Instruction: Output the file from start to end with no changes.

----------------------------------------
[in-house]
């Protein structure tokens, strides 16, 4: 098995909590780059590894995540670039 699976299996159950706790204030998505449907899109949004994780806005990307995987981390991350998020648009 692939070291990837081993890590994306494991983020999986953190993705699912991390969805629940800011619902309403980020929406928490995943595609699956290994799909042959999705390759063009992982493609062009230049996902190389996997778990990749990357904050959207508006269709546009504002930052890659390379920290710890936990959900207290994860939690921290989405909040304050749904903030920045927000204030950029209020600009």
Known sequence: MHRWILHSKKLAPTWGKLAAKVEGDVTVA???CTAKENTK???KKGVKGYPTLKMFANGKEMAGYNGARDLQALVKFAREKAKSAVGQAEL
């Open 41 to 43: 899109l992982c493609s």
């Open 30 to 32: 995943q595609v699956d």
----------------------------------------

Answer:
[in-house]
């Protein structure tokens, strides 16, 4: 098995909590780059590894995540670039 699976299996159950706790204030998505449907899109949004994780806005990307995987981390991350998020648009 692939070291990837081993890590994306494991983020999986953190993705699912991390969805629940800011619902309403980020929406928490995943595609699956290994799909042959999705390759063009992982493609062009230049996902190389996997778990990749990357904050959207508006269709546009504002930052890659390379920290710890936990959900207290994860939690921290989405909040304050749904903030920045927000204030950029209020600009």
Known sequence: MHRWILHSKKLAPTWGKLAAKVEGDVTVA???CTAKENTK???KKGVKGYPTLKMFANGKEMAGYNGARDLQALVKFAREKAKSAVGQAEL
């Open 41 to 43: 899109l992982c493609s």
């Open 30 to 32: 995943q595609v699956d």